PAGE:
Science Fairs Inside Out
Science Fair Tips & Thoughts for Parents
Unless you’re a scientist or have a science background, the idea of your son or daughter being assigned to do a science fair project can be a pretty terrifying thought. But it really doesn’t have to be so scary…for your child, or for you.
Science is all around us, and you probably don’t realize how much you use it every day. How do you know whether or not to bring an umbrella to work? Meteorology tells you if the weather predictions if for rain. If you don’t like to use chemicals, or spend lots of money on name-brand products, how do you know which house-hold products will do the best job of clearning your windows? Chemistry provides the answers. If prices go up for gas or electricity, you hope geologists will help find new or alternative sources of energy.
The first thing you need to do if your chid is assigned a science fair project is stay calm and not put any negative thoughts into your child’s mind. Whatever you do, don’t say something like “Oh, I had the worst experience with my science fair projects” – even if it’s true. You need to put a positive spin on the assignment, and use it as an opportunity to have your child get involved in learning something more about an area that he or she already an interest.
Help your child choose a project he or she will enjoy
Quite honestly, the single most important thing you can do to help your child be successful with his or her science fair project is to guide them to choose a subject or project they already enjoy.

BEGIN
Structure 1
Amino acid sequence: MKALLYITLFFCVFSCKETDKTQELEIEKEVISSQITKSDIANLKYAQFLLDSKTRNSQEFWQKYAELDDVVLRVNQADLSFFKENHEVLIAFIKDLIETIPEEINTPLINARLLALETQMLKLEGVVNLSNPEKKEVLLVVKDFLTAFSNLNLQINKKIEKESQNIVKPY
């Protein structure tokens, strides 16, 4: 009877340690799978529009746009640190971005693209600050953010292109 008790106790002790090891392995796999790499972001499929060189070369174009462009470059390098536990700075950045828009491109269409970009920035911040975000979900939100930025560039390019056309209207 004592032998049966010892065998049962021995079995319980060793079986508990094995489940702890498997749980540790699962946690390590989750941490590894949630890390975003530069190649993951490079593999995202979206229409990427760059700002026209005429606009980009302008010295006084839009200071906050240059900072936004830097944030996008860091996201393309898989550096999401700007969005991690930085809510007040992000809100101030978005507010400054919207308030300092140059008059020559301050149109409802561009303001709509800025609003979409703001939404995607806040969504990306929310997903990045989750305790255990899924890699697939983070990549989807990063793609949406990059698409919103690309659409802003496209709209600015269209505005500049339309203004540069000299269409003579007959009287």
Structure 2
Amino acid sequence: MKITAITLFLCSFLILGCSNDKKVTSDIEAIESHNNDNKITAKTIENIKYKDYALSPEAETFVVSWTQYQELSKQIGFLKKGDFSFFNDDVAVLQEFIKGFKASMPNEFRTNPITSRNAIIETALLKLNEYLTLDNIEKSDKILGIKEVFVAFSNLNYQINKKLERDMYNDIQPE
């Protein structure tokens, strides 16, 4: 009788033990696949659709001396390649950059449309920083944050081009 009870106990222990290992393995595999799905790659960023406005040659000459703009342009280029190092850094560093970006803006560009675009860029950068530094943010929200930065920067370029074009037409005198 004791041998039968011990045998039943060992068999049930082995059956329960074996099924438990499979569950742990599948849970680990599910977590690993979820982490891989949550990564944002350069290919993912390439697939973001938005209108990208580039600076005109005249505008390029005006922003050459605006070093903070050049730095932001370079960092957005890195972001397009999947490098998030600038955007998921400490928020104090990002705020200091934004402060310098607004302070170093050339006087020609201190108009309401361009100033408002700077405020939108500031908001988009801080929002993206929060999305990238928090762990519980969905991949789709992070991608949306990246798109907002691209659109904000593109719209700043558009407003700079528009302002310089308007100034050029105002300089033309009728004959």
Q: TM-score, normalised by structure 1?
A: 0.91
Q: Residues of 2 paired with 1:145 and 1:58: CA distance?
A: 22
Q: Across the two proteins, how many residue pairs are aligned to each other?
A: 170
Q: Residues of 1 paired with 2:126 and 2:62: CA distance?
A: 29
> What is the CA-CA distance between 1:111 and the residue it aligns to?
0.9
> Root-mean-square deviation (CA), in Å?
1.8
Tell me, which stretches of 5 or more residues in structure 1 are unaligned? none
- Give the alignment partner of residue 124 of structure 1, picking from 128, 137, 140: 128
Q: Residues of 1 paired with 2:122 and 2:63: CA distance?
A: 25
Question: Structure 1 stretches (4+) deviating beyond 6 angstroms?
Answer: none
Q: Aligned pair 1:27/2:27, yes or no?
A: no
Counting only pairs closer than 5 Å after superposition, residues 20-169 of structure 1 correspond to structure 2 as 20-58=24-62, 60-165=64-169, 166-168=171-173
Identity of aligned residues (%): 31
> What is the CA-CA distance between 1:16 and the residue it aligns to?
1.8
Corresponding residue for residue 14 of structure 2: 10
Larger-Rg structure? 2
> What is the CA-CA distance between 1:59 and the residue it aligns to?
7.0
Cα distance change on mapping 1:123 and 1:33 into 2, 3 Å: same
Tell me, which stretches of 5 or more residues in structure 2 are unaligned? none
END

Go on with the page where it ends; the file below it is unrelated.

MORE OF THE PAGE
a. Does your child like sports? There is lots of science involved in every sport or physical activity you can imagine including hockey, baseball, race cars, swimming, fishing and skate-boarding.
b. If your child likes animals or plants, there are many different potential projects involving biology or zoology.
c. Every child likes money…and dirt. Have you ever wondered what’s dirtier – the money in your pocket, on your kitchen sink sponge, or the paws of your dog when he tracks it in from the yard? The comparison would make a great project! You can get a Bacteria Experiment Kit to figure the answer out for only $28.95 here: http://www.hometrainingtools.com/bacteria-experiment-kit/p/BE-BACTKIT/
d. Is your child into dinosaurs? One high school student won two grand prizes at the International Science and Engineering Fair by doing comparisons of dinosaur and modern-day bird eggshells!
Ask questions to make sure it’s a “real science” project
Unless your child has specifically been assigned to do a “demonstration project” make sure he or she is doing “real science.” A demonstration project basically only explains or demonstrates how something works.
A real science project has your child:
a. come up with a question
b. do some basic research about the subject
c. pose an hypothesis based on what they think will happen after they conduct an experiment
d. conduct an experiment, with a variable
e. gather and compare data
Elementary and middle school projects can be simple and inexpensive
You don’t have to spend lots of money or have a big fancy experiment in order to have a great science fair project. If your child is in elementary or middle school, it’s okay to use common materials around the house and to keep the project simple. The most important part of the science fair project, especially at these levels, will be if your child can demonstrate that he or she did the background research, understands the basic elements of the scientific method, can explain what happened during their own experiment, and can discuss the results.
It’s also very important to make sure your child is not just copying a project out of a book or from the internet, but is finding his or her own “twist” to what makes their project different from other similars ones that may have been done.